There are whispers that some educational bodies are discouraging the displaying individual student goals in the classroom, as part of a broader push for student data privacy.
Our own philosophies may play a part in how we feel about this, but the reality is that there are ethical and legal reasons why displaying student goals in your classroom may not be acceptable going forward.
What does this mean for you in the classroom?
Keep student goals out of plain sight
Firstly, ensure that student learning goals are not in plain sight. This means a rejig of traditional student goal mats if you are using them. You can do this by adding a flap that can cover the goals, while keeping them in close proximity to the learner.
You could also keep goals and goal mats:
- in a portfolio folder accessed by you and the learner
- in a student’s personal learning device or in their diary
Anonymity is key
Secondly, de-identify any student work on display in your classroom, and ensure your Learning Walls and Bump It Up Walls are anonymous. This doesn’t stop the comparison game – hopefully you are having constructive conversations about student work, identifying what students have done well, and how they can improve or ‘bump up’.
You could also:
- Include a space, such as a blank square in the top corner, on student work for them to draw an identifying picture or icon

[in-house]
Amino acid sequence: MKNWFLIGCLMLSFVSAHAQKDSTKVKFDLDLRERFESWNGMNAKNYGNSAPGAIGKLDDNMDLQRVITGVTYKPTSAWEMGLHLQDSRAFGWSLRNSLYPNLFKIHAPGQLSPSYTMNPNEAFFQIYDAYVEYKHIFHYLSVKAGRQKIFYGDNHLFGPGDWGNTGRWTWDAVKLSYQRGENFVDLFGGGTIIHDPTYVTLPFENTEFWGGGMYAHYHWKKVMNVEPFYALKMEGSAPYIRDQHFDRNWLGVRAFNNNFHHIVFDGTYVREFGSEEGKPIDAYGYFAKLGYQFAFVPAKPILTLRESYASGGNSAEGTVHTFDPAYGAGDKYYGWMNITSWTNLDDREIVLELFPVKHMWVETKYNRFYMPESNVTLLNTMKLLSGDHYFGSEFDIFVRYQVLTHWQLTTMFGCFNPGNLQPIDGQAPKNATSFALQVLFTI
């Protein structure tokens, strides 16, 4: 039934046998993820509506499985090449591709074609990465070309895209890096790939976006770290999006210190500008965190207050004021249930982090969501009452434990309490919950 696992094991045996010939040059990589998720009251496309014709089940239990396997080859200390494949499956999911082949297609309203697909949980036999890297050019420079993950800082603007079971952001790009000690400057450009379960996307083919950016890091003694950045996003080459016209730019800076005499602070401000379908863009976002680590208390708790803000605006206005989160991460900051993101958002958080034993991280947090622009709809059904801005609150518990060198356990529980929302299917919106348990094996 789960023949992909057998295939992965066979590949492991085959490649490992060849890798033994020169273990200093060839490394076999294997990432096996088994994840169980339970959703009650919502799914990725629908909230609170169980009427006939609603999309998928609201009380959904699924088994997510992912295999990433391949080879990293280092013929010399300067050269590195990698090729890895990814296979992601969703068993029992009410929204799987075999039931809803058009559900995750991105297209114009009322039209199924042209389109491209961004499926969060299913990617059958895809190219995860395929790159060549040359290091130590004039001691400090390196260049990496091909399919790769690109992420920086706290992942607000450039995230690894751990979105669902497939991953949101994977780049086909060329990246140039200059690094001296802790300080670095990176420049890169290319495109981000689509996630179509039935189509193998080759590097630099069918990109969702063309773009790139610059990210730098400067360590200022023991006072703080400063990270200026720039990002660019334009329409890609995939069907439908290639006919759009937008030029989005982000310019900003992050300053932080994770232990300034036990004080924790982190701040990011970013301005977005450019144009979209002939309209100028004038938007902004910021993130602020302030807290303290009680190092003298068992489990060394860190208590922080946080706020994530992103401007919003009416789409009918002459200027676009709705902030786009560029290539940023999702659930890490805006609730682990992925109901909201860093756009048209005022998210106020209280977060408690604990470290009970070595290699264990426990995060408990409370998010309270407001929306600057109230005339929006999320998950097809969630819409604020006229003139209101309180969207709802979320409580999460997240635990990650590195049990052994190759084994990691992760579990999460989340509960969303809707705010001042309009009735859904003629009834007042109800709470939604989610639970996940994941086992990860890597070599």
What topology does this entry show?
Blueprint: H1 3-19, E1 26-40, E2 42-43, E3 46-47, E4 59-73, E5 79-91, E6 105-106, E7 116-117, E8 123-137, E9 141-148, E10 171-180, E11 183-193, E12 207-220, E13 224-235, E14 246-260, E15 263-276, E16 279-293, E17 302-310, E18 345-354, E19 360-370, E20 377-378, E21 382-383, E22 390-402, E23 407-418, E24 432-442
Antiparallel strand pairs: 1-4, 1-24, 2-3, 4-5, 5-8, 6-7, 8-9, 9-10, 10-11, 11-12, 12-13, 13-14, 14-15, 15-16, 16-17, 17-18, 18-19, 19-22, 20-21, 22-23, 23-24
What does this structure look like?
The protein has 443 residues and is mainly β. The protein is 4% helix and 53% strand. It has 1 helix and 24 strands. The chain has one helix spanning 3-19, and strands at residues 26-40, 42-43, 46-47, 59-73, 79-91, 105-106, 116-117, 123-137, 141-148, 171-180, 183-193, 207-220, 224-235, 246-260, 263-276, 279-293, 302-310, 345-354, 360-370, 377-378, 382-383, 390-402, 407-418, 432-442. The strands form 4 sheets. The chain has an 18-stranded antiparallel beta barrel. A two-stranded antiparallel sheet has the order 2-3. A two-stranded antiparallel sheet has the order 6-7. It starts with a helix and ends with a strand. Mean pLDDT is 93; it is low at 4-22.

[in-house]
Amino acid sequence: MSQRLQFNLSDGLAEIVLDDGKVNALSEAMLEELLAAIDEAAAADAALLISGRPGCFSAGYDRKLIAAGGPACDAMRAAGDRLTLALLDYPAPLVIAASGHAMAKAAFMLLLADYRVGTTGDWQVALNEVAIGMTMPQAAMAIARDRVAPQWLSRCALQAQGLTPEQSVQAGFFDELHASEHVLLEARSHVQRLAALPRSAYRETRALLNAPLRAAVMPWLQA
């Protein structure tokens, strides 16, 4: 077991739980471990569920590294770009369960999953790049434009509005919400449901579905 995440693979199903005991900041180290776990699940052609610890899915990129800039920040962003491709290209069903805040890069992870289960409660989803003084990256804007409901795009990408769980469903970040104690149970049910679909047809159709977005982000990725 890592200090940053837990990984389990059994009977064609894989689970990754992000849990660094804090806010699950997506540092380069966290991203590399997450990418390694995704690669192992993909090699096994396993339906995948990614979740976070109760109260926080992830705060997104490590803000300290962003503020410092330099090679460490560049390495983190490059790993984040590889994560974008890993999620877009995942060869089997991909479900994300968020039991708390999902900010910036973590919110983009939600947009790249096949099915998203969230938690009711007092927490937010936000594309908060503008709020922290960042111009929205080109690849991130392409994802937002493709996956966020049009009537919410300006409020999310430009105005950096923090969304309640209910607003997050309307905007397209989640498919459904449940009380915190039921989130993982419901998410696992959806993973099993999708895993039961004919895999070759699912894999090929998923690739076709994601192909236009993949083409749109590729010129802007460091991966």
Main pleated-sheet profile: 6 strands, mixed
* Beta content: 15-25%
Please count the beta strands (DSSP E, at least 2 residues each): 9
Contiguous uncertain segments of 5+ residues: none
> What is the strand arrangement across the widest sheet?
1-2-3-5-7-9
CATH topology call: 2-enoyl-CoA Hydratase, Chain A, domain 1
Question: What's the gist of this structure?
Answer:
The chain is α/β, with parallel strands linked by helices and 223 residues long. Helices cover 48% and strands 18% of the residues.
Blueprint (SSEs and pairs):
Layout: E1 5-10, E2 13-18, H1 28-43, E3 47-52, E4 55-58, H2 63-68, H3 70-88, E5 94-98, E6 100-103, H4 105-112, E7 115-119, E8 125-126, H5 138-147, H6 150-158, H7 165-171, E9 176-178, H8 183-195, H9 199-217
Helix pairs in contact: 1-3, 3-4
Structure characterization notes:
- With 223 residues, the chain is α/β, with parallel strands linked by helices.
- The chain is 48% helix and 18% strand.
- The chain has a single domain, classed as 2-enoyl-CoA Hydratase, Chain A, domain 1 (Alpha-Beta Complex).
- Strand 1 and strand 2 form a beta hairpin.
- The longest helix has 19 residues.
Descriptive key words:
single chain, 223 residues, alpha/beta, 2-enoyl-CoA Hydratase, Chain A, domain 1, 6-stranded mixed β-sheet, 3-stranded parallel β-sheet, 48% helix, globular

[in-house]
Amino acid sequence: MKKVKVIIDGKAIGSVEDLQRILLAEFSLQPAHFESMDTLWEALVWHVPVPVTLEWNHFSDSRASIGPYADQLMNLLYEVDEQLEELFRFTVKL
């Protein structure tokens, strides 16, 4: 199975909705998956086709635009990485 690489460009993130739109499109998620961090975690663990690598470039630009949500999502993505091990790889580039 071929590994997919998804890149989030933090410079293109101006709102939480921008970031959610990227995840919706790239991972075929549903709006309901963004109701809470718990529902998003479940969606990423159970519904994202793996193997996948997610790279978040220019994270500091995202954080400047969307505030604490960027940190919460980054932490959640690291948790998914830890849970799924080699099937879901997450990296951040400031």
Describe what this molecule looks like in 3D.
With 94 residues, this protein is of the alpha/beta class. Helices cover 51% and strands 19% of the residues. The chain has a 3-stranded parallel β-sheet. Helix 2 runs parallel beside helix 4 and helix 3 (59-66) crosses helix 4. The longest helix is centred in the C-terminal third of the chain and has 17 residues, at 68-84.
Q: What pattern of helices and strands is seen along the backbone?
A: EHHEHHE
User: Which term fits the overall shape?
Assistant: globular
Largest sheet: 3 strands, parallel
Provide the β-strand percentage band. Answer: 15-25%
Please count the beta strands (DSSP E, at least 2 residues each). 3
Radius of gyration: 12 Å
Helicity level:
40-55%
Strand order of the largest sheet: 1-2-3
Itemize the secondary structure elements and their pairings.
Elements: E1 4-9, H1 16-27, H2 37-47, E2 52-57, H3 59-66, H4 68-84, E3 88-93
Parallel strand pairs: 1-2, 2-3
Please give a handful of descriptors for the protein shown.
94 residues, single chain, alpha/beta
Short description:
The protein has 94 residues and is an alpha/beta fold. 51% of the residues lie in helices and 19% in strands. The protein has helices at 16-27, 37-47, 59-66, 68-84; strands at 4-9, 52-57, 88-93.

- Assign students an identifying number at the beginning of the year that they write on their work instead of their name.
- Ensure that student work samples used as practise feedback/editing are de-identified
Over many years we have all argued that students know each other’s abilities – they just know. However, today more than ever, teachers have a responsibility to protect student privacy, from those not involved in their learning, including their peers.
So how do we celebrate learning goals when they are achieved?
We can still celebrate student goals through goal achievement, either as individuals or as a class.
Students can still have their success recognised, even in front of the class. I like to give small vouchers for my prize box or extra computer time when students achieve one of their learning goals.
I also love showing my students my de-identified mark book that shows how they have grown as a class across the term or semester – I use my trusty orange and green colours to show this and it is always so amazing to see how the class has achieved success criteria AND their reaction to seeing my mark book.
Protecting your students, protecting yourself
We know that displaying student marks for everyone to see is the wrong thing to do, but increasingly school districts are seeing increased ethical and legal issues when student data of any kind, including learning goals, are displayed publicly.
From student confidence in the classroom, to gossipy parents, there are a range of dangers inherent in displaying this information for schools and us as teachers.
I’d love to hear your thoughts or even your personal experience with student privacy in your classroom, and let me know – how are you displaying your student learning goals?